US has proposed the Green New Deal (GND) to address both climate change and economic inequality.
What is Green New Deal?
- The Green New Deal is a four-part program for moving America quickly out of crisis into a secure, sustainable future.
- The Green New Deal audaciously aspires to make sweeping changes to the environment and economy and meet all of the U.S.’s power demand from clean, renewable and zero emission energy sources by 2030, while at the same time addressing racial and economic justice.
- Thus, in many ways, it is more than just a climate change plan.
- The resolution acknowledges the 1.5° report of the Intergovernmental Panel on Climate Change and the U.S. Fourth National Climate Assessment.
- It identifies the worldwide effects from warming, the disproportionate responsibility borne by the U.S. as a result of its historical emissions, and calls for the country to step up as a global leader.
What are the progressive agendas of the deal?
- The deal speaks about the fall in life expectancy, economic stagnation, erosion of workers’ rights, and rising inequality in the U.S. Climate change that will asymmetrically affect the most vulnerable sections of U.S. society and ought to be considered a direct threat to national security.
- The deal claims that it is the responsibility of the federal government to create a Green New Deal, which would meet its power demand through renewable sources in 10 years.
- It also calls for a 10-year national mobilization that would build infrastructure, eliminate pollution and greenhouse gas emissions, as much as is technologically feasible, and reduce risks posed by the impacts of climate change.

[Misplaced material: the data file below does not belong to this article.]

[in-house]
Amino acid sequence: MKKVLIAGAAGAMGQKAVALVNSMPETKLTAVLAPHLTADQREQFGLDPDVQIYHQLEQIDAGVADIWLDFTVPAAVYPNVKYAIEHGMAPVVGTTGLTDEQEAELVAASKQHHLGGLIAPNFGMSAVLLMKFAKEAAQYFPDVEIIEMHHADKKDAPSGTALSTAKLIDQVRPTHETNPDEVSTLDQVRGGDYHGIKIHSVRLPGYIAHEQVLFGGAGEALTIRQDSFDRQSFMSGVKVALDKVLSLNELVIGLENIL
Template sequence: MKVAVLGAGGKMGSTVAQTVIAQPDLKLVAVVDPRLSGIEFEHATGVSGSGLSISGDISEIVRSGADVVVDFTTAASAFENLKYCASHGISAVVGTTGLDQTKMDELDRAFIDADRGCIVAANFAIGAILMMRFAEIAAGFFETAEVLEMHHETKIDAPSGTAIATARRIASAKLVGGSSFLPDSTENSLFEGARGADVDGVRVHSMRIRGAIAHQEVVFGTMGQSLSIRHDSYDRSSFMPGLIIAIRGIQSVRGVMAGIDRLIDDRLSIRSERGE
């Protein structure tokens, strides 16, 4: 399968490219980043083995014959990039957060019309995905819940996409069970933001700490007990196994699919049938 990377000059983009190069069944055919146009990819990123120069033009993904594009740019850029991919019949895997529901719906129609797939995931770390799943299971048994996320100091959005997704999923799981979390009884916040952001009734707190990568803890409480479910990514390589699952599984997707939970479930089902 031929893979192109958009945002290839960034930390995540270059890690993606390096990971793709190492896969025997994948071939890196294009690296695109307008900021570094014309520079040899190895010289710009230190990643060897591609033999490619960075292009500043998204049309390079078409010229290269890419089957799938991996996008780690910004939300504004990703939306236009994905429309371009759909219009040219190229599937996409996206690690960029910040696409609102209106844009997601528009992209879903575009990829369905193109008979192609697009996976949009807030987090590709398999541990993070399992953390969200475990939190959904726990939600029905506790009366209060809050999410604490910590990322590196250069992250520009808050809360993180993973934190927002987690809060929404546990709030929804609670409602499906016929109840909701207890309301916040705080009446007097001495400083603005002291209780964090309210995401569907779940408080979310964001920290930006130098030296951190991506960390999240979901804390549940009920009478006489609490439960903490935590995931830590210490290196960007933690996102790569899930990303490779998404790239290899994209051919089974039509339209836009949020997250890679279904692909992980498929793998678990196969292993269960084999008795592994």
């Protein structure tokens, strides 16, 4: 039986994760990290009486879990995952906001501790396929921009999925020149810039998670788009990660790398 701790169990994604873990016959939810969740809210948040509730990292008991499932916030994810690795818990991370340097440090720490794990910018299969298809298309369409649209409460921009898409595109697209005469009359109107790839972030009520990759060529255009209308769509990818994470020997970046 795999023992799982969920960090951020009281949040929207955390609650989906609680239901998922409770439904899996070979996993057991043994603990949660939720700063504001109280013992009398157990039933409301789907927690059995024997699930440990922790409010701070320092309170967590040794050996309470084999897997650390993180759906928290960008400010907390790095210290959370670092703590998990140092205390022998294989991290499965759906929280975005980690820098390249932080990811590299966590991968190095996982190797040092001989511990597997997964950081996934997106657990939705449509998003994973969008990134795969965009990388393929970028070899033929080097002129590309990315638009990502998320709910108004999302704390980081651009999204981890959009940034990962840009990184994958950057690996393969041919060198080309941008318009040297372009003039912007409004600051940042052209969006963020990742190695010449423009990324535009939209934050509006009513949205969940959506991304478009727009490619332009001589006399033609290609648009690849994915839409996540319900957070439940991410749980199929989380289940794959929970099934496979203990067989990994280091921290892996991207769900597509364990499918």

- These goals entail dramatic changes in manufacturing, electricity generation, education, livelihoods, sustainable farming, food systems, and an overhaul of transportation, waste management, health care, and strong pollution-control measures.
- The resolution also calls for international action by the U.S. on climate change.
- It recognizes that public funds would be needed for these changes and need to be leveraged.
- It states that the federal government needs to take the full social and environmental costs of climate change into consideration through new laws, policies and program.
- Importantly, the Green New Deal calls for a federal jobs guarantee for all, many details of the proposal still need to be worked out.
What is the response for the deal?
- The deal has been called “ridiculous” by some Republicans and has made some Democratic leaders uneasy as well.
- But various progressive elected officials, groups, and some activists have lent their support.
- Almost all Democrats who have announced their candidacy for the 2020 election have backed the resolution.
- One does not know if this appetite for the deal will be sustained, but if extreme events related to climate change continue, people are likely to view radical change as essential.
What lies ahead?
- How far this resolution will go and whether and how it will be diluted in the U.S. Congress is unclear.
- It should be noted that until now no U.S. agency or civil society group has publicly acknowledged the responsibility of the country for its historical emissions.
- The Green New Deal is the sort of resolution the U.S. should have passed after the Kyoto Protocol in 1997.
- Instead, the U.S. Senate unanimously passed the Byrd-Hagel Resolution, according to which the U.S. ought not to be a signatory to any protocol or agreement regarding the United Nations Climate Convention that would reduce greenhouse gas emissions.
- Green New Deal is welcoming in this regard, it is seen as an acknowledgement by politicians that economic growth, the environment and social well-being go together.
If this spreads to many more countries, it can help apply pressure on governments and the fossil fuel industry and create a bottom-up movement led by the youth for major changes in dealing with climate change.